Sunday, December 29, 2013 – Editor: Dustin LindenSmith
On a 2009 episode of the acclaimed BBC series Horizon, Professor Marcus de Sautoy investigated the question, “How do we know who we are? ” From the episode’s description:
He learns at what age our self-awareness emerges and whether other species share this trait. Next, he has his mind scrambled by a cutting-edge experiment in anaesthesia. Having survived that ordeal, Marcus is given an out-of-body experience in a bid to locate his true self. Finally, he takes part in a mind-reading experiment that both helps explain and radically alters his understanding of who he is.
The entire episode is available on YouTube here:
However, I’d like to draw your attention to the following short segment in which de Sautoy is induced into an out-of-body experience that changes his very perception of his own physical reality:
By placing video projection helmets on his subjects and then putting them through a carefully-conceived series of movements and interactions, Professor Henrik Ehrsson can temporarily unmoor his subjects’ sense of self. De Sautoy explains:
According to Henrik, my sense of “I” is an illusion, created by my brain that is processing data from my senses. At the flick of a switch, by changing the data my brain receives, Henrik can manipulate the illusion to give me an impossible out-of-body experience.
Canadian astronaut Chris Hadfield has had numerous out-of-this-world experiences: his longest mission was 146 days in space. During that time, he orbited the Earth 2,336 times and traveled 62 million miles. He was interviewed by Terry Gross in October, 2013, in one of my favourite podcasts – NPR’s Fresh Air:
During this interview, Hadfield provides rich descriptions of the transcendental experiences that each astronaut is exposed to over the course of a regular day’s work. These range from watching the sun rise every 92 minutes, to witnessing the Southern Lights erupt under his feet during a spacewalk. He describes the mind-bending paradox of what your vision takes in while on a spacewalk:
The contrast of your body and your mind inside [what is] essentially a one-person spaceship (which is your spacesuit), where you’re holding on for dear life to the shuttle or the station with one hand, and you are inexplicably in between what is just a pouring glory of the world roaring by silently next to you — just the kaleidoscope of it, it takes up your whole mind — it’s like the most beautiful thing you’ve ever seen just screaming at you on the right side, and when you look left, it’s the whole bottomless black of the universe, and it goes in all directions. It’s like a huge yawning endlessness on your left side, and you’re in between those two things and trying to rationalize it to yourself and trying to get some work done.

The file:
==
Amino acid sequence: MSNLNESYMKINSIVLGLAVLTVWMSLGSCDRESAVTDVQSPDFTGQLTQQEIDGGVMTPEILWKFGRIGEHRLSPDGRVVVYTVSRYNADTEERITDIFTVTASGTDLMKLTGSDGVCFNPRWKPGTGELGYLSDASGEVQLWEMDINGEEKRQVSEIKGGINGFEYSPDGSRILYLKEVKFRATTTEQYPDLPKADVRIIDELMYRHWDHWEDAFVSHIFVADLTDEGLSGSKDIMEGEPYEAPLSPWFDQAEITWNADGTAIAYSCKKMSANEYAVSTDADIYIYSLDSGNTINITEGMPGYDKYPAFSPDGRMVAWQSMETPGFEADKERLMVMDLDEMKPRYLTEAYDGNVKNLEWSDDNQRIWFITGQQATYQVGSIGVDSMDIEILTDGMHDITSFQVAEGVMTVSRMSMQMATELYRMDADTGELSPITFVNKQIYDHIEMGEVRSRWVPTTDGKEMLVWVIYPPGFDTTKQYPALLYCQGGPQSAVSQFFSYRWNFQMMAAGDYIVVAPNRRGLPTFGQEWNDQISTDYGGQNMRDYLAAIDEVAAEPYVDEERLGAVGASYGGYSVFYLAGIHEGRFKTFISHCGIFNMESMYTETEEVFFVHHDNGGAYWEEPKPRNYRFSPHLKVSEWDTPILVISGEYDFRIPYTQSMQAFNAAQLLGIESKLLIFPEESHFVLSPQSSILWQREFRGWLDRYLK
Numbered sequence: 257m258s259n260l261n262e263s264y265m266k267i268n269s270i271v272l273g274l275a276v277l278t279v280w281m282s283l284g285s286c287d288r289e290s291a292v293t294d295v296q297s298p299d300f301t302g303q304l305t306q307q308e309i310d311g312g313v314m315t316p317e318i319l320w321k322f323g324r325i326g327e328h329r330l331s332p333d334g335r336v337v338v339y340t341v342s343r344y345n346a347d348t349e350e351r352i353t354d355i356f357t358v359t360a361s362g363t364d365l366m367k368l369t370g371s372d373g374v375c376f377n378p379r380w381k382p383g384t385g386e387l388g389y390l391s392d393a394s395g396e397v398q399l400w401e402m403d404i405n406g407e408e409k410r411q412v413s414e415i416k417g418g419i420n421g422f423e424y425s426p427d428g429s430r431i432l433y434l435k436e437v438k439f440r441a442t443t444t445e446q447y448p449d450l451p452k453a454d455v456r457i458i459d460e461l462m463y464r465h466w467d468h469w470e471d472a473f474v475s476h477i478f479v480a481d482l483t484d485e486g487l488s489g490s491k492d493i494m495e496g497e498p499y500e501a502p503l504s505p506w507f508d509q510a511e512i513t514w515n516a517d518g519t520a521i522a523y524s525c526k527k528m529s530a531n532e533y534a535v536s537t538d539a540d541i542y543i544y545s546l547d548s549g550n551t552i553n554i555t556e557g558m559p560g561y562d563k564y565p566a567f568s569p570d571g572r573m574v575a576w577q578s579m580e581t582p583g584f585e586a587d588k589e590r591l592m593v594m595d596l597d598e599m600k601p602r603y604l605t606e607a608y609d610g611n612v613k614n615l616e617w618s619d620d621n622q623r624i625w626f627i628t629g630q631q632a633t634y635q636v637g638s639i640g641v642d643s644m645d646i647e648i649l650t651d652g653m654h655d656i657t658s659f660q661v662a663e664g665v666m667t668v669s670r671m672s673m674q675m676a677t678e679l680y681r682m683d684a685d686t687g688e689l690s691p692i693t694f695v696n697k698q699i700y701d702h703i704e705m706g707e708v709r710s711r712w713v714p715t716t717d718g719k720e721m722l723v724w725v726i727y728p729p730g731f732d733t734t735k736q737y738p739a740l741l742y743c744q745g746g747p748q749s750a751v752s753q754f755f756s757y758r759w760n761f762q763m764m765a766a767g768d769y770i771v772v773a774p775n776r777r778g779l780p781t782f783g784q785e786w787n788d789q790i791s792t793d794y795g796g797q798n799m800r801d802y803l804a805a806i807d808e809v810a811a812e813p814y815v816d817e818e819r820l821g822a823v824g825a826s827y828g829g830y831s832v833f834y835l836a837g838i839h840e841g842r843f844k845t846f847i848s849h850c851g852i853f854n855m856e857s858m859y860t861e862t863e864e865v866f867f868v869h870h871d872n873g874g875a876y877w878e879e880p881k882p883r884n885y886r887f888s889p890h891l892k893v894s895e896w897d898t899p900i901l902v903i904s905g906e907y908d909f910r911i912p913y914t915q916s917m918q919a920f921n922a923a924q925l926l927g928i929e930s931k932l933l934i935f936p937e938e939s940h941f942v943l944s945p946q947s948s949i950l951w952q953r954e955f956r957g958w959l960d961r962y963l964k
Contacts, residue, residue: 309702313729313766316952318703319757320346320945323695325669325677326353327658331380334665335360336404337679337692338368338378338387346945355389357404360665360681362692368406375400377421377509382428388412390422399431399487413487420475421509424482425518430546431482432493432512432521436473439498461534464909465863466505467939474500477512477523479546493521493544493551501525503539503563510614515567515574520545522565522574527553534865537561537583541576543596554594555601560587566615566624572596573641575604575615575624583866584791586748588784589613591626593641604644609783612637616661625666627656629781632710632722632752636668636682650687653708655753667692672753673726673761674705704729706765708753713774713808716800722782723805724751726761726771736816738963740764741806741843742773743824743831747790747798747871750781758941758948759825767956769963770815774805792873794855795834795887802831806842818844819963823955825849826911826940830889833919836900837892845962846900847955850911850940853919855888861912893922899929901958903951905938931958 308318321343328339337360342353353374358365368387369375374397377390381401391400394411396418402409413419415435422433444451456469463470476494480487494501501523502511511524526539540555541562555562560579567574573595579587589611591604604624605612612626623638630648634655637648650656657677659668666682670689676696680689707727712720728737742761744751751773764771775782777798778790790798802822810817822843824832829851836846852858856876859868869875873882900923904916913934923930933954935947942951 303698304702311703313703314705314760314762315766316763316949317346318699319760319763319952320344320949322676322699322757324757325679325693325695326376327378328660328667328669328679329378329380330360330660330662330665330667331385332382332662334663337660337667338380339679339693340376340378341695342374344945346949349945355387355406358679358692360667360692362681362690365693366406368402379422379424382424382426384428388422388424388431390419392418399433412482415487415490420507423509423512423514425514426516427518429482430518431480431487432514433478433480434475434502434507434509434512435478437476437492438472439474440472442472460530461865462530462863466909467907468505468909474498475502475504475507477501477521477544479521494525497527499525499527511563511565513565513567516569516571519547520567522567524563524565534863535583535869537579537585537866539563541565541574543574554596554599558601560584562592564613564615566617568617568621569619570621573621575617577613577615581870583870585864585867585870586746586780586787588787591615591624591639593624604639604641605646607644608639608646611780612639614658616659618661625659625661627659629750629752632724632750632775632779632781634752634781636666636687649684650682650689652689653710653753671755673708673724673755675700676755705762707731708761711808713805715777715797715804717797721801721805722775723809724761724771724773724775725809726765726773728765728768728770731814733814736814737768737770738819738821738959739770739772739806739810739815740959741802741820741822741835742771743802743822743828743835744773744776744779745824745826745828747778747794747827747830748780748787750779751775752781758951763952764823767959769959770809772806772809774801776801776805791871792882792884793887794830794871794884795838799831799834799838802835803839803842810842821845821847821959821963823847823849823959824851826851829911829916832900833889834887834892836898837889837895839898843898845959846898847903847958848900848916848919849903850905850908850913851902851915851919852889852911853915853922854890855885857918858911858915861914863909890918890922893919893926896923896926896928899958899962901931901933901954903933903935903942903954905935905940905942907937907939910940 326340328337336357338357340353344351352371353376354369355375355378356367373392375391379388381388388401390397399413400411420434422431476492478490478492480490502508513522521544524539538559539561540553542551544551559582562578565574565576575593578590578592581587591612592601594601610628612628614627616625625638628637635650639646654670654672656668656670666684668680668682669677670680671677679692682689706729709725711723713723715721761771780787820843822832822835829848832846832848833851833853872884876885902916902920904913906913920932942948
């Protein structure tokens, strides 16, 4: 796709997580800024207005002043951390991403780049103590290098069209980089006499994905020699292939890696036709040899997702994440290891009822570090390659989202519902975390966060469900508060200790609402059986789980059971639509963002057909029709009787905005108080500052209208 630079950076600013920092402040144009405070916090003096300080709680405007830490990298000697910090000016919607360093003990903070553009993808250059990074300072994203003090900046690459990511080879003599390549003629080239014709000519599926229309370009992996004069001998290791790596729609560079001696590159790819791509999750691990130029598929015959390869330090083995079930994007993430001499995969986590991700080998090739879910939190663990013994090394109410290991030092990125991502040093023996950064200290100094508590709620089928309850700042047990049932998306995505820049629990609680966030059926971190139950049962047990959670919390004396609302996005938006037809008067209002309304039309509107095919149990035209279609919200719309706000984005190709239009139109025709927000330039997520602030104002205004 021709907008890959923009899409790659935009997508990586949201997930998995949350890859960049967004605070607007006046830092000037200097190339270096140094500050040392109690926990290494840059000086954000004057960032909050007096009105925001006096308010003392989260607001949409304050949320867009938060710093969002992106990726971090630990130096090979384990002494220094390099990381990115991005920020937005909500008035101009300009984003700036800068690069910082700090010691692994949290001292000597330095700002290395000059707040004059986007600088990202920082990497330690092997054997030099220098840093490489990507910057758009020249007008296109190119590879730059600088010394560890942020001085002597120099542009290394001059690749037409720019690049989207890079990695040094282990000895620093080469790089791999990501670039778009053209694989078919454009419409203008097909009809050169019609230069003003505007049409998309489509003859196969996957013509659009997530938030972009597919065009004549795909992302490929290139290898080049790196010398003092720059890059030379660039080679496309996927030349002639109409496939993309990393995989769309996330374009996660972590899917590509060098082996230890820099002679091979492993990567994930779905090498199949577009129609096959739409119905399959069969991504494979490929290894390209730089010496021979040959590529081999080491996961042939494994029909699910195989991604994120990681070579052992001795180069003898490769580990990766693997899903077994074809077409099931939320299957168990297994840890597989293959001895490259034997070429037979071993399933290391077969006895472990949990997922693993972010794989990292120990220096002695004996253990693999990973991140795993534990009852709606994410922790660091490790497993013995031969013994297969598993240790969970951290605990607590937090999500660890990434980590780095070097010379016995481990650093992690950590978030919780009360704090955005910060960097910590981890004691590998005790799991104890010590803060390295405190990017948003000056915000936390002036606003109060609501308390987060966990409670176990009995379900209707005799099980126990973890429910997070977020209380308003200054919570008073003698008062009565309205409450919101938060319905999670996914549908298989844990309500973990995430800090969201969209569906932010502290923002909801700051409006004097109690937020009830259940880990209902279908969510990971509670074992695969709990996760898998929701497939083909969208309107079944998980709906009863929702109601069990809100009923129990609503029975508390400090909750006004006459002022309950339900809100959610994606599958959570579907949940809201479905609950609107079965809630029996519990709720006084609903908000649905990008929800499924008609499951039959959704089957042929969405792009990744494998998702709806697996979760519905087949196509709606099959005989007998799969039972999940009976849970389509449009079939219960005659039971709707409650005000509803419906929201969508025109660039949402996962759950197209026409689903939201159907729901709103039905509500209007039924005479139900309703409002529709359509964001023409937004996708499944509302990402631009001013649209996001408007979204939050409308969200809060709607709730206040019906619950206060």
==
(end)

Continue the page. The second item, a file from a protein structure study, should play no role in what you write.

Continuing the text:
Later in the interview, Terry Gross asked Hadfield if the experience of being in space had any effect on his religious faith or his understanding of his place in the world:
It’s an amazing place to think about that topic. Picture yourself separated from the other six-and-a-half or seven billion people, where you can see them all from a distance, every 90 minutes, where the world turns beneath you like a big jewel, and you have left all of them. It’s almost like a God-like view of the world, right? At least, a human understanding of what that God-like view might be, looking down almost paternally on everybody. And so it really makes you think.
And the world… it just can’t be random, looking at it. It’s so different than the vast emptiness that is everything else. Even from all the other planets we’ve seen (at least in our solar system), none of them even remotely resemble the precious, life-giving nature of our own planet.
The big pervasive feeling onboard looking at the Earth [from space] is one of tremendous exquisite privilege that it exists. … But I think what everyone would find if they could be in that position — if they could see the whole world every 90 minutes and look down on the places where we do things right, and look down where we’re doing stupid, brutal things to each other and the inevitable patience of the world that houses us — I think everybody would be reinforced in their faith, and maybe readdress the real true tenets of what’s good and what gives them strength.
Those who were not previously NASA geeks are likely to have first heard of Chris Hadfield last spring, after seeing his YouTube video singing David Bowie’s Space Oddity. Hadfield recorded and edited the video on his iPad from the International Space Station, then downloaded it to Mission Control in Houston. A NASA staffer uploaded it to YouTube shortly thereafter, at which point it quickly went viral: